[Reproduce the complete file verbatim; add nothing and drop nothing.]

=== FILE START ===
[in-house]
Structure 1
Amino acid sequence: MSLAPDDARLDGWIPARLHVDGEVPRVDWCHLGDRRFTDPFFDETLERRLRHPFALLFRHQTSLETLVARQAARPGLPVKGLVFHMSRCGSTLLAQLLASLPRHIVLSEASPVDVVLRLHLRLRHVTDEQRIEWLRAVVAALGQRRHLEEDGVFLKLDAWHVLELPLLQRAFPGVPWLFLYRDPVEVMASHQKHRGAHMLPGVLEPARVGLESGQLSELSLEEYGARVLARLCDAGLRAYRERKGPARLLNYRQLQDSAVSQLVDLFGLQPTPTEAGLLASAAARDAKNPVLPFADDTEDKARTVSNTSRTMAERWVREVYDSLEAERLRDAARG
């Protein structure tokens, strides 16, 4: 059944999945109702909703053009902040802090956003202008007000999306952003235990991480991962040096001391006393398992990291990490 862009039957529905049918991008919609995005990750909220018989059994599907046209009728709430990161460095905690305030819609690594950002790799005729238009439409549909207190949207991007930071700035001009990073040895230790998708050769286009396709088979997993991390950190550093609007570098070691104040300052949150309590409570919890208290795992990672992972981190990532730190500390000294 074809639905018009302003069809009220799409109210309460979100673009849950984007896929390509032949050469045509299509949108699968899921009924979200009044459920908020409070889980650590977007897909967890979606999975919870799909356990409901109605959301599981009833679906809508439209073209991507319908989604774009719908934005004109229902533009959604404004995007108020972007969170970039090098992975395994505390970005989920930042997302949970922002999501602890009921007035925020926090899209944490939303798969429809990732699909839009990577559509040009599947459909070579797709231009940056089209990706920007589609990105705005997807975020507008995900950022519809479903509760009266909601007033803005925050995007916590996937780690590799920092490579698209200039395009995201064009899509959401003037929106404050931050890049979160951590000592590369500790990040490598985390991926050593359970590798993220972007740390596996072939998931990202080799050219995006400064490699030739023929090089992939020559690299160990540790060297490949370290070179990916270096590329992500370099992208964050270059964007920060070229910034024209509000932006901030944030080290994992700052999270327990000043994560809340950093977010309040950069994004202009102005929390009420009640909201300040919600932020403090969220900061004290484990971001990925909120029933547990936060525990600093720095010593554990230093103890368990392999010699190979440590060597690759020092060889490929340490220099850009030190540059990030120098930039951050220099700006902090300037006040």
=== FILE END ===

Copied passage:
[in-house]
Structure 1
Amino acid sequence: MSLAPDDARLDGWIPARLHVDGEVPRVDWCHLGDRRFTDPFFDETLERRLRHPFALLFRHQTSLETLVARQAARPGLPVKGLVFHMSRCGSTLLAQLLASLPRHIVLSEASPVDVVLRLHLRLRHVTDEQRIEWLRAVVAALGQRRHLEEDGVFLKLDAWHVLELPLLQRAFPGVPWLFLYRDPVEVMASHQKHRGAHMLPGVLEPARVGLESGQLSELSLEEYGARVLARLCDAGLRAYRERKGPARLLNYRQLQDSAVSQLVDLFGLQPTPTEAGLLASAAARDAKNPVLPFADDTEDKARTVSNTSRTMAERWVREVYDSLEAERLRDAARG
């Protein structure tokens, strides 16, 4: 059944999945109702909703053009902040802090956003202008007000999306952003235990991480991962040096001391006393398992990291990490 862009039957529905049918991008919609995005990750909220018989059994599907046209009728709430990161460095905690305030819609690594950002790799005729238009439409549909207190949207991007930071700035001009990073040895230790998708050769286009396709088979997993991390950190550093609007570098070691104040300052949150309590409570919890208290795992990672992972981190990532730190500390000294 074809639905018009302003069809009220799409109210309460979100673009849950984007896929390509032949050469045509299509949108699968899921009924979200009044459920908020409070889980650590977007897909967890979606999975919870799909356990409901109605959301599981009833679906809508439209073209991507319908989604774009719908934005004109229902533009959604404004995007108020972007969170970039090098992975395994505390970005989920930042997302949970922002999501602890009921007035925020926090899209944490939303798969429809990732699909839009990577559509040009599947459909070579797709231009940056089209990706920007589609990105705005997807975020507008995900950022519809479903509760009266909601007033803005925050995007916590996937780690590799920092490579698209200039395009995201064009899509959401003037929106404050931050890049979160951590000592590369500790990040490598985390991926050593359970590798993220972007740390596996072939998931990202080799050219995006400064490699030739023929090089992939020559690299160990540790060297490949370290070179990916270096590329992500370099992208964050270059964007920060070229910034024209509000932006901030944030080290994992700052999270327990000043994560809340950093977010309040950069994004202009102005929390009420009640909201300040919600932020403090969220900061004290484990971001990925909120029933547990936060525990600093720095010593554990230093103890368990392999010699190979440590060597690759020092060889490929340490220099850009030190540059990030120098930039951050220099700006902090300037006040």